40. And always keep on moving forward.

via 40 Ways to Live Life Without Regrets.


Emotional Independence

Stop waiting for people to approve of you. It’s a waste of time. If you don’t approve of yourself, having other people’s approval will make you question their judgment. The thought is, “If they knew me, they wouldn’t like me or approve of me.”

Emotional independence is simply another form of independence. It’s tough to be emotionally independent while waiting for someone else to pay your rent. To be emotionally independent requires that you take responsibility for every other area of your life as well. It means keeping your desires in check, taking care of where you live, having skills that employers want (so you aren’t dependent on the financial security of the place you work at or your boss’s temperament), and treating everyone (including yourself) well.

via Emotional Independence | bardoinbetween.

The Art of Undermining your Significant Other

One of America’s most under-appreciated talents is the sheer genius of its married and unmarried couples in using the language and insights of therapy to destroy their relationships. Decades ago, when psychoanalysis was all the rage, husbands and wives found that throwing a few Freudian insights into their arguments gave both an air of authority to their dismissive judgments of each other and a death-dealing blow to the survival of a healthy relationship. If your parents knew any Freudian jargon, you may remember exchanges like this:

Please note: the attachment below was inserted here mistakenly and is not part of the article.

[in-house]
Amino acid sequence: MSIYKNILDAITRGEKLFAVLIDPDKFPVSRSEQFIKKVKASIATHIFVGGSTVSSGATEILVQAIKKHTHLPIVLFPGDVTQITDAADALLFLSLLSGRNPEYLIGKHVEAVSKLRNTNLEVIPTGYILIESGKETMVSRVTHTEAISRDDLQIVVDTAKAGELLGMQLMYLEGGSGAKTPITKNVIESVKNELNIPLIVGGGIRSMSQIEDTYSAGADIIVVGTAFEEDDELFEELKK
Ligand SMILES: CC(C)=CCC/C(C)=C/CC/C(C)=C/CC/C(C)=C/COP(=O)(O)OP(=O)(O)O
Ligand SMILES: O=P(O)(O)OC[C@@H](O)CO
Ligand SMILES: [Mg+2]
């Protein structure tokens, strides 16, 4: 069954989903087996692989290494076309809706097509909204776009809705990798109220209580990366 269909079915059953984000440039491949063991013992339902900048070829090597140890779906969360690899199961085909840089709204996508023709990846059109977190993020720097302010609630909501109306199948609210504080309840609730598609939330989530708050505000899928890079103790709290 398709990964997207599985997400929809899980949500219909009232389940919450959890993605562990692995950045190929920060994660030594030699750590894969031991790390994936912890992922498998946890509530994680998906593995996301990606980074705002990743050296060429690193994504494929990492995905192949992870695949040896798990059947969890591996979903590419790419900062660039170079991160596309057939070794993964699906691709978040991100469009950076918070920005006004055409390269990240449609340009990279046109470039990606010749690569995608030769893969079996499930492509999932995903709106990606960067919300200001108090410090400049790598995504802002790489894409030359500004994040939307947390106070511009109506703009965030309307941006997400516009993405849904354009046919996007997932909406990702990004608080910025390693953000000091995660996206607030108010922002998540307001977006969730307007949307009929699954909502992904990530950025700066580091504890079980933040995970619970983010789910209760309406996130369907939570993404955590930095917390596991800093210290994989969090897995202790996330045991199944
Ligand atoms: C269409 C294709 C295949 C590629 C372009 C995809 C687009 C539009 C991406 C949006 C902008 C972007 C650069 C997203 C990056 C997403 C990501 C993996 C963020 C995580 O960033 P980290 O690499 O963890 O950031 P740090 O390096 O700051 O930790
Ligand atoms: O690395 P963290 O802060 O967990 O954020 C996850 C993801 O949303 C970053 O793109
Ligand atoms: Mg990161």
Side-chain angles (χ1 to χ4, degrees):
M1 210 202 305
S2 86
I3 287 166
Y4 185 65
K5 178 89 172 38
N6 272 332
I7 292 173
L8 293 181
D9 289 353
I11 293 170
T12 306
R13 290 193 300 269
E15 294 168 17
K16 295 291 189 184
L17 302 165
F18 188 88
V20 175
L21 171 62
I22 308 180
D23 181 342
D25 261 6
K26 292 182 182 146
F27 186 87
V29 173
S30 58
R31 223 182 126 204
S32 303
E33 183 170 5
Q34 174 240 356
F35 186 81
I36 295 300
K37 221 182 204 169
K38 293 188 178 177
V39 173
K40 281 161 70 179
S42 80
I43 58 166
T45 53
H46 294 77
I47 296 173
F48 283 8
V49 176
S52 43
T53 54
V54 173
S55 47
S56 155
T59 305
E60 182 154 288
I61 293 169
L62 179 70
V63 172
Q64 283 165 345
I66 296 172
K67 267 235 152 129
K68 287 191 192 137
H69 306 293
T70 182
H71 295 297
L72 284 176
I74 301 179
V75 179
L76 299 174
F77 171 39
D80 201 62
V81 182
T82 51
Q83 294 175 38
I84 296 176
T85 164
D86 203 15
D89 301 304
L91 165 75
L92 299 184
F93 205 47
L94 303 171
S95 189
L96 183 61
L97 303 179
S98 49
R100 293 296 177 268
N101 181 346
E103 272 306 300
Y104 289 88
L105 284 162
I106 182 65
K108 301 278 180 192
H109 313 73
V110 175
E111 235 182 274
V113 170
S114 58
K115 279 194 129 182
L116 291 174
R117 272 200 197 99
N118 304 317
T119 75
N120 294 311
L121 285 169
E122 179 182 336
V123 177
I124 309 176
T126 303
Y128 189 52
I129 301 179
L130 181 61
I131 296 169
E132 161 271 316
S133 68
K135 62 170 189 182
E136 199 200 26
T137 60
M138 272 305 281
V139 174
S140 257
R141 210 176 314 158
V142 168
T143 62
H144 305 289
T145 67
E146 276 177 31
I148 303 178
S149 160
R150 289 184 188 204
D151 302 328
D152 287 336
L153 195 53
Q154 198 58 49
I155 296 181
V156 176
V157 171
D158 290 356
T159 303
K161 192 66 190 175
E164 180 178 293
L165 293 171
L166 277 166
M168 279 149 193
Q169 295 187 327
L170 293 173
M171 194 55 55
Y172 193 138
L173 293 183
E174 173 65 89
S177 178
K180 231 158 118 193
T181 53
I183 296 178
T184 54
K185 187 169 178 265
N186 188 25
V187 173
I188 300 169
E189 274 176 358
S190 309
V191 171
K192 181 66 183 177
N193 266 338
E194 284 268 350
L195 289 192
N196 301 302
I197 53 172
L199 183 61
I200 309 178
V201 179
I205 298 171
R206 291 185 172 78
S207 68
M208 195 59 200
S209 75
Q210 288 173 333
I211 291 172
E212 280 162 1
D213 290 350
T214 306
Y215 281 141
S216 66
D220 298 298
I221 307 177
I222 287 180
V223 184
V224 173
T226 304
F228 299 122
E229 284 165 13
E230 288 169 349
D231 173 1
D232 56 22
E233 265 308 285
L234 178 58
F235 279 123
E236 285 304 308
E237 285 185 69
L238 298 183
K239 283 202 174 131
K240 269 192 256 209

A: (Emptying another ashtray) “I’m sick and tired of cleaning up after your filthy oral fixation all the time. Why don’t you just suck your thumb instead?”

B: “Well, darling, if you weren’t so anal retentive about keeping this room antiseptically clean, it wouldn’t be a problem.”

Those times are past. Freud is out, but mindfulness is in, and a new generation of couples have found that the vocabulary of radical acceptance is a powerful new weapon in the ongoing fight to have the final word—“final” in the sense of bringing the relationship to an end.

Consider these examples:

A: “I just feel that it would only be fair if sometimes I got to…”
B: “You’re clinging to your opinions, darling. When will you stop clinging???”

A: “Honey, it’s midnight. Why are we even talking about this?”
B: “Well, we are talking about it, so just accept the way things are, okay?”

A: “I can’t believe you did this to me!”
B: “Look, what I did was in the past, all right? Why don’t you do us both a favor and just stay in the Now?”

A: (Drops dish while cleaning up the kitchen)
B: (From the living room) “Not being very mindful today, are we?”

A: “I can’t stop thinking about the mean thing you said last night.”
B: “You should know better, sweetie. Just note, ‘thinking, thinking,’ and it’ll go away.”

A: “But you promised me!!”
B: “Everything’s impermanent, okay? Some promises have an expiry date.”

A: “If you really loved me, you wouldn’t say that.”
B: “There you go again, sweetheart: judging mind, judging mind.”

In all these cases, the common denominator is that the person using mindfulness vocabulary is assuming the role of a teacher dealing with a failing student. This assumption of superiority, together with the use of spiritual wisdom delivered with sarcasm, is enough to doom any attempt at reconciliation. The added beauty of mainstream mindfulness is that it’s so mindless. Unlike psychoanalysis, the insights of mindfulness can be reduced to short sound bites just right for a culture that wants everything quick and easy, especially the end of conversations and the demise of relationships. Given that mainstream mindfulness takes almost no time to master, we can expect its vocabulary to become an even more popular tool for bringing future relationships to an end.

via The Art of Undermining your Significant Other | Tricycle.